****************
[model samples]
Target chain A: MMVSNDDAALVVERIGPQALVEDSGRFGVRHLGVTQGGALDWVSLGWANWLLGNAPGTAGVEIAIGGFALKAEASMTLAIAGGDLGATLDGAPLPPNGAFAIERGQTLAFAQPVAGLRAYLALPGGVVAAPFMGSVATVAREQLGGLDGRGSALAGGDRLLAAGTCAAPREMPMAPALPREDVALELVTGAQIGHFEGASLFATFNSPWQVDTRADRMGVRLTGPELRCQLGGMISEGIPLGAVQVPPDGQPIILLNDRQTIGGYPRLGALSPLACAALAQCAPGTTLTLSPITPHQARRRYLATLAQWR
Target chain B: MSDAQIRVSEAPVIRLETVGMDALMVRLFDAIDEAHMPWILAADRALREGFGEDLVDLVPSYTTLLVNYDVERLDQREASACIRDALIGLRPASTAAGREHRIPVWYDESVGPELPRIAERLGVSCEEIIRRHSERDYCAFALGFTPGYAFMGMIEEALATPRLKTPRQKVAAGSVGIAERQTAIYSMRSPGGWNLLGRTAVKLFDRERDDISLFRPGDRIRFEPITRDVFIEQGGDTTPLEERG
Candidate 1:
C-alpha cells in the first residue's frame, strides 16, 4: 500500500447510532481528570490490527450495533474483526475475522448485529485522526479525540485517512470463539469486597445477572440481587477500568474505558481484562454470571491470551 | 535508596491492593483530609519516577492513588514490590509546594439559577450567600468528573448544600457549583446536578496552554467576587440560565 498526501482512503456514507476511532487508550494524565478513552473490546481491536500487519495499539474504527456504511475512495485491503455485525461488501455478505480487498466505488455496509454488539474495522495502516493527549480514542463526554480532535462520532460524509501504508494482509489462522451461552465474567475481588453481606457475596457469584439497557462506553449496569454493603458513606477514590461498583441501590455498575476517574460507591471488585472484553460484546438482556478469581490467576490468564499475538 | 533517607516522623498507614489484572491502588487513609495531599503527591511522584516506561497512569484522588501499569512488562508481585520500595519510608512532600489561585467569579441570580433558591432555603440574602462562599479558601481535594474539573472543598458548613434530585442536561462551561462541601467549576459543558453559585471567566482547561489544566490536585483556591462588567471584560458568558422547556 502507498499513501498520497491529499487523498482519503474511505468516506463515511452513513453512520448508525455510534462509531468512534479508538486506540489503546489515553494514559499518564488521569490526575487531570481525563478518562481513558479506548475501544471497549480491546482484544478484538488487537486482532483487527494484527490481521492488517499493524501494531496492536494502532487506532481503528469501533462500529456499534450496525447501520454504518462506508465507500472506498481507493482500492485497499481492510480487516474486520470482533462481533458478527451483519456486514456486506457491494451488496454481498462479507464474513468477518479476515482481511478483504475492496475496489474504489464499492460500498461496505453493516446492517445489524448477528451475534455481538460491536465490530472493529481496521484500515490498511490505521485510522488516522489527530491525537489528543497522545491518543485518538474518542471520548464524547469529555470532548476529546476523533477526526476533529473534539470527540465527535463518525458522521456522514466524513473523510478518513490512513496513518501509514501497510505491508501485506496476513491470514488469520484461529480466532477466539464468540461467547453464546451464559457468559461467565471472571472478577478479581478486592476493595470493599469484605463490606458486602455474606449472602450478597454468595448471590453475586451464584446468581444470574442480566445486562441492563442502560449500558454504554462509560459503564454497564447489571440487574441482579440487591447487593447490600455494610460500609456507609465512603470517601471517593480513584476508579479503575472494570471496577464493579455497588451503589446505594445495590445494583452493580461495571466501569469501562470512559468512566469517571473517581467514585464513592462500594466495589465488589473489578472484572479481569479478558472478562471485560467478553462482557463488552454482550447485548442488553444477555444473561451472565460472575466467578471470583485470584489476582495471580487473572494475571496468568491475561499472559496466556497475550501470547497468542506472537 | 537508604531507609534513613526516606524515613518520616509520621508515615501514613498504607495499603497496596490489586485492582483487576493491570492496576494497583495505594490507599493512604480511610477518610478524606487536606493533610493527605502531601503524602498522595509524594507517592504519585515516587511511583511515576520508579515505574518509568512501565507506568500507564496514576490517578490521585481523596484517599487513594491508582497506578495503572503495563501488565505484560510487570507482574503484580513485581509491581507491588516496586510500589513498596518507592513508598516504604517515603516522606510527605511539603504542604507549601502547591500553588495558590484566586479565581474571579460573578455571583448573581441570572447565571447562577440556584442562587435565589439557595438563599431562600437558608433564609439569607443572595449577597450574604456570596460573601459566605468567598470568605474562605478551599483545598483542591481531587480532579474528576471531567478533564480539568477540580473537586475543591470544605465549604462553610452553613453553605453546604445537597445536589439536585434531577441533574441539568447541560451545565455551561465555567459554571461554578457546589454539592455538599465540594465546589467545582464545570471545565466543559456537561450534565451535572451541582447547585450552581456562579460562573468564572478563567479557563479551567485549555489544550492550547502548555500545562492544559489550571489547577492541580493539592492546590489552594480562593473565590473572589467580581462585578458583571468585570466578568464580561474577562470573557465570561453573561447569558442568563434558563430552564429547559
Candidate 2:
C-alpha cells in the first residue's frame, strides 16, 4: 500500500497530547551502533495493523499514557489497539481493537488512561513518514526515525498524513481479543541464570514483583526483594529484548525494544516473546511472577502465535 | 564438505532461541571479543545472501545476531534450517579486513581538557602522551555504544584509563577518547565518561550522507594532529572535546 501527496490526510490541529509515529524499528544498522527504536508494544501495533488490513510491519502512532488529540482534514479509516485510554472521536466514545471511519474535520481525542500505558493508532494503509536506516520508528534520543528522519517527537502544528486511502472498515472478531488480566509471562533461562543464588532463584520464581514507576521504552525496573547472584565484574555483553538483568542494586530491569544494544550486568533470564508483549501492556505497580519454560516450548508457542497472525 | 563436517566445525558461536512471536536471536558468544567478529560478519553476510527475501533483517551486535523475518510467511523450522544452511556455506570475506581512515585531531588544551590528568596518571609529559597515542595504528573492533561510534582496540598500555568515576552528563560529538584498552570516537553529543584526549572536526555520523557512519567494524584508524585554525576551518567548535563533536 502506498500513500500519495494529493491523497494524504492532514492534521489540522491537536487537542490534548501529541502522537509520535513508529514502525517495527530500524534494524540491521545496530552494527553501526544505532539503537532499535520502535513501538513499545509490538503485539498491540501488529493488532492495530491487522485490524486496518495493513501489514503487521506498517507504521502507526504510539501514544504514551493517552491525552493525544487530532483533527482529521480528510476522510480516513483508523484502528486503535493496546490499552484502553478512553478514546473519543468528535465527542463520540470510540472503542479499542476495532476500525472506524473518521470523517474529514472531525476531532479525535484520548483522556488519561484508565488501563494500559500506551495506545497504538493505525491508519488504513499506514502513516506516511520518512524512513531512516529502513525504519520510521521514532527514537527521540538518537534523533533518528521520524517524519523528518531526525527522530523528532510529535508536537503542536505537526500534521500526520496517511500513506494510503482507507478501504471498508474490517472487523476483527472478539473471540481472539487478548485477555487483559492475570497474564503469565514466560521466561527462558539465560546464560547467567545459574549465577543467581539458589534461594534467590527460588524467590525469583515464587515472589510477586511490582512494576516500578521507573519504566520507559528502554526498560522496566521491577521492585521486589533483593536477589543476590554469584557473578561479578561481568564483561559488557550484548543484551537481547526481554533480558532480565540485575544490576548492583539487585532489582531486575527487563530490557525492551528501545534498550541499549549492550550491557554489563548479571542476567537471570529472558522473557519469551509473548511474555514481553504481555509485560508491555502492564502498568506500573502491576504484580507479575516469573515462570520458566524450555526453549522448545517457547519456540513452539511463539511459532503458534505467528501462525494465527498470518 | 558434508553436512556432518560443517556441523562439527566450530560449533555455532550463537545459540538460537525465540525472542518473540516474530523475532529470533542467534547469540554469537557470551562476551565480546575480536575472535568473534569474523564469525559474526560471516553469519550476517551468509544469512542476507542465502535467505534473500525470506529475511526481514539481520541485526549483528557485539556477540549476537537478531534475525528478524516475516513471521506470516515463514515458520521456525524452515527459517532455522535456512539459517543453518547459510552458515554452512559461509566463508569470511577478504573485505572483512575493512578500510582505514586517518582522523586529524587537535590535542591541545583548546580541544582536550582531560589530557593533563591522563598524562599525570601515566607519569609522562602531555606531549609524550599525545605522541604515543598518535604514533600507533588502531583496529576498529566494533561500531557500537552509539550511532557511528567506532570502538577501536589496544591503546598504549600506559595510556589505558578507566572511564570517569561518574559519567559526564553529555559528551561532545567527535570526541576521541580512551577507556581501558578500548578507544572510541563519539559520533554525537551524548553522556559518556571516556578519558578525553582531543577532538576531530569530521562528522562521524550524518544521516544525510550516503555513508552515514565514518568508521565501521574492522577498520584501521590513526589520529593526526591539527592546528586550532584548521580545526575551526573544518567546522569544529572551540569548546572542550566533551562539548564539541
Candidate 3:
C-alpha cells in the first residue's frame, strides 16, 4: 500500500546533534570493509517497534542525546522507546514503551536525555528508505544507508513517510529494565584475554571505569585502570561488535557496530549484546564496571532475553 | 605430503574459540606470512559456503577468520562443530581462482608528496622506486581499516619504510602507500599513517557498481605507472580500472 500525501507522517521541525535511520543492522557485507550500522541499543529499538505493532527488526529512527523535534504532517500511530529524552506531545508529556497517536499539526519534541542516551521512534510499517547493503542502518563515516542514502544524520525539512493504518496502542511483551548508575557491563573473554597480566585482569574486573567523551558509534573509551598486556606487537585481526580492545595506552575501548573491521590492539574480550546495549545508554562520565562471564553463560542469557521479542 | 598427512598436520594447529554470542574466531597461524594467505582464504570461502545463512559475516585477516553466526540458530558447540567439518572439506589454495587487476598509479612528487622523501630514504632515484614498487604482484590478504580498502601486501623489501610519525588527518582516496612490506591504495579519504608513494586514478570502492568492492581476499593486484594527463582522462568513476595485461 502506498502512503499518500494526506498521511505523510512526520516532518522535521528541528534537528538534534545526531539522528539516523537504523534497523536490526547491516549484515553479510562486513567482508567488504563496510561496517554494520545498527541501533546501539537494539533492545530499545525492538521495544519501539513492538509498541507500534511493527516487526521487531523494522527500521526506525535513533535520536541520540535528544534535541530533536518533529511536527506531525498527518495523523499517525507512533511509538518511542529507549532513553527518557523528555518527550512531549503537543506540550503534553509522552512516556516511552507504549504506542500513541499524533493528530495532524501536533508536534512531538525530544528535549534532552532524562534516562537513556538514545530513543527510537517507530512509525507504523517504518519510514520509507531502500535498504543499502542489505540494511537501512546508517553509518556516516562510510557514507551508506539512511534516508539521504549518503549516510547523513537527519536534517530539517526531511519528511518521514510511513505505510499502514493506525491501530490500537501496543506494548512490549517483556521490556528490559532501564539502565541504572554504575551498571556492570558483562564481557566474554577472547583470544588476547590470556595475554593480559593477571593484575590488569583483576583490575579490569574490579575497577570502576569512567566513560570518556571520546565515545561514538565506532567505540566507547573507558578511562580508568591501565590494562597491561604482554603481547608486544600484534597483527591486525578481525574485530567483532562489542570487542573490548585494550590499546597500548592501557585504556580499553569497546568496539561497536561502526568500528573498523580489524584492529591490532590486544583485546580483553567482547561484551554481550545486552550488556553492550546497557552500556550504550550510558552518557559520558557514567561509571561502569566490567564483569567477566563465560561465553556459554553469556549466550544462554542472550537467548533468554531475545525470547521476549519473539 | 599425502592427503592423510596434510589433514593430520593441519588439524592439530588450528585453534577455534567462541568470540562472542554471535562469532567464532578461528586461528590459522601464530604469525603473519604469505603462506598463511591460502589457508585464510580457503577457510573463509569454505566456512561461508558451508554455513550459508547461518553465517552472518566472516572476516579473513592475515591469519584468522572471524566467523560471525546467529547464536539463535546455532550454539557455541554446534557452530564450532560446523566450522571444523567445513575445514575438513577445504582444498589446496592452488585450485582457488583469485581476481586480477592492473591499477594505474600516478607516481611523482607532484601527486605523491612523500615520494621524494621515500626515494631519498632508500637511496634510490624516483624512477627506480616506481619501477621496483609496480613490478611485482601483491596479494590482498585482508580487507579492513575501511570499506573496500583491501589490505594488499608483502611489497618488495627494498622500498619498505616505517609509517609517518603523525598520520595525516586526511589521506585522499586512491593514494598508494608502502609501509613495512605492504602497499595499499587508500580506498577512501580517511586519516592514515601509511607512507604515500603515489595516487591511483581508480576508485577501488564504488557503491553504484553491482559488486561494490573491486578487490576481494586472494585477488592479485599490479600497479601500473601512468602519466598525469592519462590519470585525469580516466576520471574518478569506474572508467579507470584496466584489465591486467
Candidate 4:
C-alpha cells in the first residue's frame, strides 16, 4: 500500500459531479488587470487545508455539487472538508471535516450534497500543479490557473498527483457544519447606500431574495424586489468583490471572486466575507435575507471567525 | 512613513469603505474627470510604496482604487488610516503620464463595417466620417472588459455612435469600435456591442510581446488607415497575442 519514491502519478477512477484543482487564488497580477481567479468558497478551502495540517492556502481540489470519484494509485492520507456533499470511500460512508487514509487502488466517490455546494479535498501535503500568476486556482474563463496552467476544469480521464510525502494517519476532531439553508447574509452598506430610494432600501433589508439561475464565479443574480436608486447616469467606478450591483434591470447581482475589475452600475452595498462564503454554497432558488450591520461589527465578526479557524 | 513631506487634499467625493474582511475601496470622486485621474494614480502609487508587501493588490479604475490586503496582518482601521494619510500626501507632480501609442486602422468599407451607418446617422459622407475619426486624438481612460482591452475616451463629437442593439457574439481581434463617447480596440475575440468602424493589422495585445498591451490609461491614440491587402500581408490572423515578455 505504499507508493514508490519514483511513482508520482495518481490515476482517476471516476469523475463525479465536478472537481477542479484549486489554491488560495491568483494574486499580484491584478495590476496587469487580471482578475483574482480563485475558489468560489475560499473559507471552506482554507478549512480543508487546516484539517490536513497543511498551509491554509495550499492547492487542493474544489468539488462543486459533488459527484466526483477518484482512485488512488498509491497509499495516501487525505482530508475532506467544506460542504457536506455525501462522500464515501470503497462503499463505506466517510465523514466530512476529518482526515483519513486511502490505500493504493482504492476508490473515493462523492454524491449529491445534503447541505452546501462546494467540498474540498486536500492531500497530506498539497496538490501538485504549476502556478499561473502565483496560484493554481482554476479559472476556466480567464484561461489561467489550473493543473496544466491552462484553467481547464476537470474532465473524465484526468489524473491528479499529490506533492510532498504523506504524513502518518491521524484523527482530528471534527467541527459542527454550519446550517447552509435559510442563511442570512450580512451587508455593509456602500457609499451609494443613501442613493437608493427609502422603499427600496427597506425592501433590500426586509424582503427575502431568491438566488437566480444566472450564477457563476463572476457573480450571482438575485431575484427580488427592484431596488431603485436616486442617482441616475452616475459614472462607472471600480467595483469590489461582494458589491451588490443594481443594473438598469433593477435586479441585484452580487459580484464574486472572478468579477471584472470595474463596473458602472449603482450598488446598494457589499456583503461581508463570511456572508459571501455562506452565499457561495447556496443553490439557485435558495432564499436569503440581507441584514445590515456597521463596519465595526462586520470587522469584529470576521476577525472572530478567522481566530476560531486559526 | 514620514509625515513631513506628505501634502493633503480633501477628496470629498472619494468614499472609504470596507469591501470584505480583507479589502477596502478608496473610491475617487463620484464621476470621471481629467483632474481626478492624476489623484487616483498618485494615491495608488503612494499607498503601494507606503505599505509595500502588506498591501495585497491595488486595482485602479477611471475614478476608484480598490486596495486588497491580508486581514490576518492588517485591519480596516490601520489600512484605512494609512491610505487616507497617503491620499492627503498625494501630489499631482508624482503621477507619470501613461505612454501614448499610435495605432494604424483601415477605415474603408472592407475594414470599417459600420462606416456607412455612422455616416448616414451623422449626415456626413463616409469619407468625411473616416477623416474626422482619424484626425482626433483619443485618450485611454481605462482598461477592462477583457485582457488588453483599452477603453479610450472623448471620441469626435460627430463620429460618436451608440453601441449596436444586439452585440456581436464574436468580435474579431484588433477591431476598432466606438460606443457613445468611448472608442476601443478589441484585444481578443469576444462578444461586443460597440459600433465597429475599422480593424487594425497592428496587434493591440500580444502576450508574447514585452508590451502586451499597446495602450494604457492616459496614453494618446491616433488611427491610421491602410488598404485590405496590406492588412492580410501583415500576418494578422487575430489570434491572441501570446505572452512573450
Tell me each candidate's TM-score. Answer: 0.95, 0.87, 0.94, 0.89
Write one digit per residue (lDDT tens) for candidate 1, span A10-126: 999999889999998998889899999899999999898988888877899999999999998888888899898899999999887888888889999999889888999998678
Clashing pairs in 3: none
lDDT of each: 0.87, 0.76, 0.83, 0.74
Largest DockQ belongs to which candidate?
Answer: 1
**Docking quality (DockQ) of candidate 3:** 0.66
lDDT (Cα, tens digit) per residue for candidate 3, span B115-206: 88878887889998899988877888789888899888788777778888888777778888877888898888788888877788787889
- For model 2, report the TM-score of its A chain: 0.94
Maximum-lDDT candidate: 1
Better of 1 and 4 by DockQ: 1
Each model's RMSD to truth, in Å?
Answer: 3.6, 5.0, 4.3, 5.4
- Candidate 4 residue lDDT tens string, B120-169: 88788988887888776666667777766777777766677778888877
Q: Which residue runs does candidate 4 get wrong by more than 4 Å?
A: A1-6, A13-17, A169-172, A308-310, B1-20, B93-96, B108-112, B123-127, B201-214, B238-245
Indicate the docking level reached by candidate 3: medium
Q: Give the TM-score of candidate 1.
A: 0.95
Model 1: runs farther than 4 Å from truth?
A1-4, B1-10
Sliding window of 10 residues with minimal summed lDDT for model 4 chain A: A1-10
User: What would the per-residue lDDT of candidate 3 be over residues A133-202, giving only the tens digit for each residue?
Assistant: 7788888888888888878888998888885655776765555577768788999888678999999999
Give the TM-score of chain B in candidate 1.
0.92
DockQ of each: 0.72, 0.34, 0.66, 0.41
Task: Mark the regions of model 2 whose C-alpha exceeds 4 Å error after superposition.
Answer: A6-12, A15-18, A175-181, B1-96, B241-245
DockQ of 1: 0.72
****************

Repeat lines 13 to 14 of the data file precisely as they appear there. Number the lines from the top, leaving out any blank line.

Write one digit per residue (lDDT tens) for candidate 1, span A10-126: 999999889999998998889899999899999999898988888877899999999999998888888899898899999999887888888889999999889888999998678
Clashing pairs in 3: none